Some 60 archaeologists in London have started excavating about 3,000 skeletons dating back to 1569 from the city's first municipal burial ground. The excavation will allow construction to start on a new entrance to the Crossrail railroad at Liverpool Street Station.

Thousands of Londoners, many of whom were victims of plague, were buried up to the mid-18th century at the Bedlam burial ground, which took its name from the nearby Bethlem Royal Hospital for the mentally ill.

"There are up to 6 meters of archaeology on site, in what is one of the oldest areas of the city," according to Nick Elsden, project manager with the Museum of London Archaeology, which is handling the dig for the railroad owner Crossrail Ltd.

All the human remains are due to be removed by early April. Then, archaeologists will dig through medieval marsh deposits and Roman remains until September, when construction of the new ticket hall will start. Laing O'Rourke Construction holds an approximately $442-million contract to build the station, one of eight total. Stations are essentially concrete boxes built within slurry trench walls at either end of the 240-m-long platform tunnels.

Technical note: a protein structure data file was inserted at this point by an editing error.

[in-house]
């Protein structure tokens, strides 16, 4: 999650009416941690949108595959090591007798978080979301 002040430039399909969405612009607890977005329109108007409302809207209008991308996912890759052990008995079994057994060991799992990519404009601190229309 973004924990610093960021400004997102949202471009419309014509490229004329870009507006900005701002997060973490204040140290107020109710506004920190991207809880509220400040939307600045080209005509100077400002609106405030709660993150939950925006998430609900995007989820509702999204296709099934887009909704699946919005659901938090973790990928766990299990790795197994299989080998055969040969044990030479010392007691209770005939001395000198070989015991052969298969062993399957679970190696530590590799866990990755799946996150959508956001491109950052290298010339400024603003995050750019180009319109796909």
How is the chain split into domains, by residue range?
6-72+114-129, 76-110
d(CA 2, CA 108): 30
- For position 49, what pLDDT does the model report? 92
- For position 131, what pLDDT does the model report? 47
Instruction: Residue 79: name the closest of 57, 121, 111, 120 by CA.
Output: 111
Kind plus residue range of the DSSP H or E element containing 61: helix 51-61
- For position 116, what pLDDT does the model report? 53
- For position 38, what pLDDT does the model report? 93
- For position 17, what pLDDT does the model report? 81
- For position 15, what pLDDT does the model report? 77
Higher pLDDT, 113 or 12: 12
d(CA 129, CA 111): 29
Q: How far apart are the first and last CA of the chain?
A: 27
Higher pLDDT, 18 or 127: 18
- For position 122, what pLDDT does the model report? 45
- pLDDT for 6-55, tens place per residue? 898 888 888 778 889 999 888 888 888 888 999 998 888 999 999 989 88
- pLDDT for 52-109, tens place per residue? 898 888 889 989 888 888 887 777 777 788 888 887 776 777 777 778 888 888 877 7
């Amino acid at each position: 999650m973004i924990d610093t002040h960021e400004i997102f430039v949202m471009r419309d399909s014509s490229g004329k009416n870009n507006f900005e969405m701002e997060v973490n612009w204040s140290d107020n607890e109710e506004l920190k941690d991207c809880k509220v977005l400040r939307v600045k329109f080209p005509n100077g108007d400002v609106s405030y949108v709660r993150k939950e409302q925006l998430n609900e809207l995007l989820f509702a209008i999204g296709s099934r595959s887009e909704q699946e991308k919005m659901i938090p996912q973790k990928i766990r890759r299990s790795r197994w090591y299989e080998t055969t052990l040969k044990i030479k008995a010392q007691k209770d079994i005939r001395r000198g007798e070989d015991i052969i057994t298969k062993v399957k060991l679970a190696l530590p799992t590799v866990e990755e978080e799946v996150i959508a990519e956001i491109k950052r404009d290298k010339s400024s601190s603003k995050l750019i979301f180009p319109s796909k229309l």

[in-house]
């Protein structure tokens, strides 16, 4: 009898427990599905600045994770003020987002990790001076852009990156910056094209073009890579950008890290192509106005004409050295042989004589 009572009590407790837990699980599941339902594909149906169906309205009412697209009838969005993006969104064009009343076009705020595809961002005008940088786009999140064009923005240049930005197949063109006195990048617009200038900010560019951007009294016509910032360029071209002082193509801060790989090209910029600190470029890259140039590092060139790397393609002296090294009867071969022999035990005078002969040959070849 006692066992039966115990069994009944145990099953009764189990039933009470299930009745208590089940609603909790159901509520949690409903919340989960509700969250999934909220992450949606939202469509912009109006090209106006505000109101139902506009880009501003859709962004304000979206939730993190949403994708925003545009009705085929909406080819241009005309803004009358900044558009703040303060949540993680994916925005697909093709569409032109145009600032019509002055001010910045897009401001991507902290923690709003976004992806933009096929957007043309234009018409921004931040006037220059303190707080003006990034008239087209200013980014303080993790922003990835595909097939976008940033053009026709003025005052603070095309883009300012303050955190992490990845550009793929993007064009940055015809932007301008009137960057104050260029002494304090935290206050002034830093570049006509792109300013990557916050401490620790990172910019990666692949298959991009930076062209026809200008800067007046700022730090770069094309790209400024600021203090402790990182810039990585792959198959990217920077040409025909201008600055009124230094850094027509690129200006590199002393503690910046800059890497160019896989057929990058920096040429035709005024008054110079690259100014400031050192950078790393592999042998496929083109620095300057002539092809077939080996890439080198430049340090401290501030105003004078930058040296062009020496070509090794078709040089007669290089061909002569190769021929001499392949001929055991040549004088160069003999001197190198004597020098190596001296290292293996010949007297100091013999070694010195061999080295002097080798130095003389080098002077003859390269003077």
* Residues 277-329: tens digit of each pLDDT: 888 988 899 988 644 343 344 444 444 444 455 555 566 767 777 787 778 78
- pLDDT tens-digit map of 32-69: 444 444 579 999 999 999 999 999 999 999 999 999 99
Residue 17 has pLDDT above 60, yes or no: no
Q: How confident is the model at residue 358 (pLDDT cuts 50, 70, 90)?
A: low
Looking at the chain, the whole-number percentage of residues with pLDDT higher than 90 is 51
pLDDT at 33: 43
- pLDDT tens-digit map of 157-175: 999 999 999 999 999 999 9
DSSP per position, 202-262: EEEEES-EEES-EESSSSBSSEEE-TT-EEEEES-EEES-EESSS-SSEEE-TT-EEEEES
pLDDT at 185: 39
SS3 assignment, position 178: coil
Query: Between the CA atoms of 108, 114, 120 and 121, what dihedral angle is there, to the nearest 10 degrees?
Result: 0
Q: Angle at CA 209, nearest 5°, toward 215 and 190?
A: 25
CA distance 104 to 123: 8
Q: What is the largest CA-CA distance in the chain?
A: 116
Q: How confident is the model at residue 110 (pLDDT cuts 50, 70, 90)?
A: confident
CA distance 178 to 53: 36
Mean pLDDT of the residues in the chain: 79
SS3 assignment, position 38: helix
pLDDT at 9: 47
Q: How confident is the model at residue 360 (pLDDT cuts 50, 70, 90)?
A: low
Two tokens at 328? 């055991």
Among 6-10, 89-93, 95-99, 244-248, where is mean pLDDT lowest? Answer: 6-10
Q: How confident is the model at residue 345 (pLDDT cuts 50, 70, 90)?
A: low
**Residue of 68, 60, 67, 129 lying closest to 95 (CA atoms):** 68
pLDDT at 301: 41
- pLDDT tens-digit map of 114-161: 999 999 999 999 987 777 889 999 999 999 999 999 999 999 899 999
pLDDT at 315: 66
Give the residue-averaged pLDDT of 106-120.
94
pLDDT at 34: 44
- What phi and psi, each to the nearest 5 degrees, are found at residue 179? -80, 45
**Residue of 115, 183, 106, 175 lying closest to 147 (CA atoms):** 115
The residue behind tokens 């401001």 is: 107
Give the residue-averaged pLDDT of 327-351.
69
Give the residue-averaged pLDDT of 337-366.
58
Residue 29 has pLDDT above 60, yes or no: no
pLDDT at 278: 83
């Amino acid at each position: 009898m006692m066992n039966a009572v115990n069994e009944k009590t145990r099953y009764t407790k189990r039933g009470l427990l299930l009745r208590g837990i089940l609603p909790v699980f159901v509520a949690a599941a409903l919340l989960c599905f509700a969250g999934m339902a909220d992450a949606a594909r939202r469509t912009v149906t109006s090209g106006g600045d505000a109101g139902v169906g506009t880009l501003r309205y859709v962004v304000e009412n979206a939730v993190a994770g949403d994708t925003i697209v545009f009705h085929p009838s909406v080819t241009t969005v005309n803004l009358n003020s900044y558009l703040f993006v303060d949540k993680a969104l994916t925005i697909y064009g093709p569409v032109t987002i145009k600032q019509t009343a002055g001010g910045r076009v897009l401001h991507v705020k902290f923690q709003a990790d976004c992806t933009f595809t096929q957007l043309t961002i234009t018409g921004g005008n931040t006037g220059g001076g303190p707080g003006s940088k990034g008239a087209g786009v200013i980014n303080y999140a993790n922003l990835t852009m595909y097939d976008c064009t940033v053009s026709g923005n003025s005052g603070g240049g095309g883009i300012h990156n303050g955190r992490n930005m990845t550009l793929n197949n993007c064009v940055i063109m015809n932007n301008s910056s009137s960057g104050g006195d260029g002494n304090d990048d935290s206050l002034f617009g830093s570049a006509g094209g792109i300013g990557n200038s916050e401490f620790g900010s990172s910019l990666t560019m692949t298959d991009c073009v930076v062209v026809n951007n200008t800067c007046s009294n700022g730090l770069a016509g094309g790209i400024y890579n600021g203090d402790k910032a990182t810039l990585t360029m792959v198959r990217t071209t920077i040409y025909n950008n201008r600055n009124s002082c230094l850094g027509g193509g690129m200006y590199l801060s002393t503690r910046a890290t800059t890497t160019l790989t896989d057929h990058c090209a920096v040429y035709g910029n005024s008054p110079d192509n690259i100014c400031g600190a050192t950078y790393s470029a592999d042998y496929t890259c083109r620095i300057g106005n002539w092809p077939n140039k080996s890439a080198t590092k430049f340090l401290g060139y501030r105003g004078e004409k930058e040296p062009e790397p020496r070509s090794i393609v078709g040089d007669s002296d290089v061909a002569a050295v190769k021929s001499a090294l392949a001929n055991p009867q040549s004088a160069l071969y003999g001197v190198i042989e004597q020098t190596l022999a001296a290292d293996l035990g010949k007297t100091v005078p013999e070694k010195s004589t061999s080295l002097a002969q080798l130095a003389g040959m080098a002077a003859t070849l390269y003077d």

So far, the new system's 40 construction sites have produced more than 10,000 artifacts, according to Crossrail.

The $22-billion project, including 21 km of 6.2-m-dia segmental concrete-lined twin bore tunnels, is due to open in 2018.

Crossrail currently operates more than 40 construction sites, and archaeological investigations are carried out at each site ahead of main construction to build the central stations, according to the project website.

"The project gives archaeologists an exceptional opportunity to reveal the layer cake of history that is hidden below the city's streets. We are now over halfway through our planned archaeological programme," the website states.

Crossrail's archaeological team will produce detailed reports on their findings. All the significant artifacts will be provided to the Museum of London and the Natural History Museum.